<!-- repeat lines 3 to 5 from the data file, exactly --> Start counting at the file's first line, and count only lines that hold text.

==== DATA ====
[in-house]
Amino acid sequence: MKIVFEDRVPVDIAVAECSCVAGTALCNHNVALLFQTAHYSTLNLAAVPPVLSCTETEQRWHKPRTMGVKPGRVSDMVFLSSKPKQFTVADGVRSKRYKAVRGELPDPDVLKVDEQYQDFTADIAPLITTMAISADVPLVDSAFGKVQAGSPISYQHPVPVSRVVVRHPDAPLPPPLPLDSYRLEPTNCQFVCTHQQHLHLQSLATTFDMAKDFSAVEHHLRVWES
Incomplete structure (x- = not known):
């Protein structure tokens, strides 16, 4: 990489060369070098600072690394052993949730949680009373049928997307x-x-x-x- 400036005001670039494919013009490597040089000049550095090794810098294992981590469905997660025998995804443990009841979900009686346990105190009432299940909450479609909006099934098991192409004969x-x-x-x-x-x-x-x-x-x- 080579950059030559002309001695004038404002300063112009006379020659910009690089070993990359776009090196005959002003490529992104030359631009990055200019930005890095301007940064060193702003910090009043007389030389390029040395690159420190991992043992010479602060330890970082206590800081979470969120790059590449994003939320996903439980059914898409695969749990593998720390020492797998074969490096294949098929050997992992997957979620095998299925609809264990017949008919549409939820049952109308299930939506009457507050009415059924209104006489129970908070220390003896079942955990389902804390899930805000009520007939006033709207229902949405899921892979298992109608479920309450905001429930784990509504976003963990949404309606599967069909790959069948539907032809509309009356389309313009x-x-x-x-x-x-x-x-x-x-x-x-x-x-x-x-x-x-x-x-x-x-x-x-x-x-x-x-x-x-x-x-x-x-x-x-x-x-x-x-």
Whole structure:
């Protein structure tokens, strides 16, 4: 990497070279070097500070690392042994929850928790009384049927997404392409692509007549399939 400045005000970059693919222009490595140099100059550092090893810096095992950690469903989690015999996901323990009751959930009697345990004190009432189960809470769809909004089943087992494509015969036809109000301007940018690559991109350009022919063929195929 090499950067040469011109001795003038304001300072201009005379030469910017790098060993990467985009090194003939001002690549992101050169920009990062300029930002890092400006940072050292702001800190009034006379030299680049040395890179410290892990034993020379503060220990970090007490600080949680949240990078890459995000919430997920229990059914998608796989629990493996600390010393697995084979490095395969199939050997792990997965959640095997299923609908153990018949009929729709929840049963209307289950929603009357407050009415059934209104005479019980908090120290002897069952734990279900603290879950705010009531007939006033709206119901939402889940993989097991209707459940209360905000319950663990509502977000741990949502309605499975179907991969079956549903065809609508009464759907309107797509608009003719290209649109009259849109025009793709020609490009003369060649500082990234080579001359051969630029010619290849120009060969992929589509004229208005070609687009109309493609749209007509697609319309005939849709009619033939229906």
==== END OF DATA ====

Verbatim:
Incomplete structure (x- = not known):
């Protein structure tokens, strides 16, 4: 990489060369070098600072690394052993949730949680009373049928997307x-x-x-x- 400036005001670039494919013009490597040089000049550095090794810098294992981590469905997660025998995804443990009841979900009686346990105190009432299940909450479609909006099934098991192409004969x-x-x-x-x-x-x-x-x-x- 080579950059030559002309001695004038404002300063112009006379020659910009690089070993990359776009090196005959002003490529992104030359631009990055200019930005890095301007940064060193702003910090009043007389030389390029040395690159420190991992043992010479602060330890970082206590800081979470969120790059590449994003939320996903439980059914898409695969749990593998720390020492797998074969490096294949098929050997992992997957979620095998299925609809264990017949008919549409939820049952109308299930939506009457507050009415059924209104006489129970908070220390003896079942955990389902804390899930805000009520007939006033709207229902949405899921892979298992109608479920309450905001429930784990509504976003963990949404309606599967069909790959069948539907032809509309009356389309313009x-x-x-x-x-x-x-x-x-x-x-x-x-x-x-x-x-x-x-x-x-x-x-x-x-x-x-x-x-x-x-x-x-x-x-x-x-x-x-x-």
Whole structure: